Monday, December 13, 2010

Pulse of Miami

On our final day experiencing Art Basel in Miami, Terry and I went to Pulse. This contemporary art exhibit was in a huge warehouse which is normally used for photo shoots and large parties. At the entrance I went through the routine of getting my press pass which landed me a VIP card. The previous evening Terry had been handed a ticked by some guy on the street who had already been to the show. The building is surrounded by a stone wall and the gated entrance lead us to a nice grass lawn with some sculptures and hammocks tied between the palm trees. It was a perfect lazy morning so I decided to start off by kicking back and relaxing on the lawn. There is nothing better than sketching to settle into a place. I was fascinated by this small red European car which was perfectly symmetrical, having steering wheels and headlamps in both the front and back of the vehicle. Re-imagining automobiles seemed to be a running theme this year.

Many people entering the PULSE galleries stopped stared and took pictures. Signs on the car's seats however asked that no one sit inside the vehicle. In front of the car was a sculpture by Orly Genger titled "Beefcakes 2010." It was made from miles of white rope woven together like it was crocheted. It's spiraling form looked to me like Hokasai's "The Great Wave at Kanagawa." Similar rope sculptures were scattered around the lawn. Children couldn't resist sitting and playing on them. Soon parents relaxed and sat on the sculptures as well while they discussed their last European vacation.

Two of Terry's friends showed up and we all sat down to have lunch. Over lunch I was told about some Graffiti artists who were working over on 23rd Street. As soon as I finished eating, my mind wandered and I got antsy wanting to get another sketch done. When the conversation turned to fashion, Terry suggested I take off on foot to sketch. I didn't need to be told twice. I hiked past a cement factory and several automotive cut shops. The buildings got dingier until I hit the first patch of bright graffiti color. Suddenly every building was covered with pop images, Henai Anime, and bold tags.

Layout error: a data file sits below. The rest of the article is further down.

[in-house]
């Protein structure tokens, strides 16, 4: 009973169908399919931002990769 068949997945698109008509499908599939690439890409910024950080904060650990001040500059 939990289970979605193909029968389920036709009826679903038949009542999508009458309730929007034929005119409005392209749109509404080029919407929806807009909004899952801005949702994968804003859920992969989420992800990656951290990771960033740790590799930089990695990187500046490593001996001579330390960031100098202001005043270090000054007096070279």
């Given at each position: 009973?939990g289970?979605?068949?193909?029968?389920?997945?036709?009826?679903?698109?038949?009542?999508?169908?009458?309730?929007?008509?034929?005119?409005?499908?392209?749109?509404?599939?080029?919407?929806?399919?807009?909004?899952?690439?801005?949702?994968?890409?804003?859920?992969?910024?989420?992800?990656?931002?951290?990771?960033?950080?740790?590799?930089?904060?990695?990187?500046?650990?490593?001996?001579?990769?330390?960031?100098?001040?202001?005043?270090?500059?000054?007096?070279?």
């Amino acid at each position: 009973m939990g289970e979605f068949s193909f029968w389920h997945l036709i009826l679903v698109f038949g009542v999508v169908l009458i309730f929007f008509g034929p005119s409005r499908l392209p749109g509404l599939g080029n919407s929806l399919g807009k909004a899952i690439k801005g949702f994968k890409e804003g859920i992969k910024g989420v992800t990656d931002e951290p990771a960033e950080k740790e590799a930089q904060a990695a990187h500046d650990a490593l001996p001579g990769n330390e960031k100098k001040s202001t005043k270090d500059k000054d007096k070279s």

When I came across a group of artists busy tagging a wall, I settled in to sketch. The artist working in the foreground is named "Clever." I could smell the aerosol fumes the whole time I worked. The distant artist used a face mask and Clever wore a purple surgical glove on his spray can hand. People occasionally would stop and take pictures of the artists at work. Paint cans and other supplies were neatly arranged on a large trailer bed. The trailer bed just happened to be parked there offering a nice platform to inspect the work in progress.

When I was done with the sketch, I shared my work with the graffiti artists and then wandered the neighborhood some more. Galleries popped up left and right. The buildings exploded with color and were filled with art. Music blared from boom boxes and then I came across a large store front that was being covered with graffiti. Grazyana Kleinman, an Orlando photographer was there taking photos. I stopped to talk for a while. Grazyana has shot a whole series of photos of graffiti artists at work. She was ecstatic, in her element soaking in the vibrant street scene around her. Terry drove up thanks to several text messages and Art Basel was over. I certainly experienced more this Year than last, but three days just isn't enough time.

Prints are available for each sketch for $250 and many originals can be purchased for $400. White museum grade shadow box frames are $100 more. You can e-mail Thor at

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